The U.S. Food and Drug Administration is unlikely to ask its outside vaccine advisers to weigh in on whether the agency should authorise Pfizer Covid-19 boosters for all adults, CNN reported on Friday, citing a source.
The source told CNN "it's unlikely there is going to be a meeting" of the outside advisers and "there has been no discussion of a meeting" to discuss Pfizer's application.
The FDA said the agency "will determine whether to hold a meeting of the advisory committee ... following its initial review of the information submitted," CNN added.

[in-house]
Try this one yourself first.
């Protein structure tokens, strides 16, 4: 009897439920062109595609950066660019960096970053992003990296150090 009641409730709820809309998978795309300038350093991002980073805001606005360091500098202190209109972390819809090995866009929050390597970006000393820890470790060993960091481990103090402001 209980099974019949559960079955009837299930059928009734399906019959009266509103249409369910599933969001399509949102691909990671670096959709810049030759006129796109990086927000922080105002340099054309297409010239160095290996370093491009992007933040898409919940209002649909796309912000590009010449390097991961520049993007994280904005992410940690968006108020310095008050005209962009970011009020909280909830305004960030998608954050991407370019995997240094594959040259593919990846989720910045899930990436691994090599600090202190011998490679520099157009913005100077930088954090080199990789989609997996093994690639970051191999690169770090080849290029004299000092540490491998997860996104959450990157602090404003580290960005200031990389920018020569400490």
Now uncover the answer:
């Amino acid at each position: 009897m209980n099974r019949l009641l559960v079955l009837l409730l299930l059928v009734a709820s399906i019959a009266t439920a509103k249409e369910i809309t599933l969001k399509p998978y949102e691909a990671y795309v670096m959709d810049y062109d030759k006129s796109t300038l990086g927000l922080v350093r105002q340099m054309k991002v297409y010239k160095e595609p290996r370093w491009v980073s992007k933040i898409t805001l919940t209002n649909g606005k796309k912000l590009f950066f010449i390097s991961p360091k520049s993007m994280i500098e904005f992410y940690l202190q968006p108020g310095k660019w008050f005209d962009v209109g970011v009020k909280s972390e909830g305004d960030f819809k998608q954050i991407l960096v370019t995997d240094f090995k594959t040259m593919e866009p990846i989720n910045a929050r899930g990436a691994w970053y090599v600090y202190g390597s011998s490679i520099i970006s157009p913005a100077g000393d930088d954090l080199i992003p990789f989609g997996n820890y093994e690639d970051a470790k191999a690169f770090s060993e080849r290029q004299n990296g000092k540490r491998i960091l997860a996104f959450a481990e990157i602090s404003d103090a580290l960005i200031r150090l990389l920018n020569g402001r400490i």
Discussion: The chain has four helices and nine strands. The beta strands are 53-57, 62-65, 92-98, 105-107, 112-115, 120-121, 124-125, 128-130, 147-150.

Pfizer and BioNTech on Tuesday requested the FDA to authorise booster doses of their Covid-19 vaccine in all adults, presenting data showing the shot would help prevent disease across ages.
Over the past several months, the FDA has authorised Pfizer's boosters for people who are immunocompromised, those who are aged 65 and above, all people at high risk of severe disease, and people who are regularly exposed to the virus.
Pfizer previously requested authorisation for all people aged 16 or over, but the FDA held back on extending boosters to everyone, partly because there was not enough evidence of waning immunity or of the benefit of boosters in younger people.
US President Joe Biden's administration in August announced plans to roll out booster doses for all adults in September, before the FDA's advisers had recommended a limited authorisation.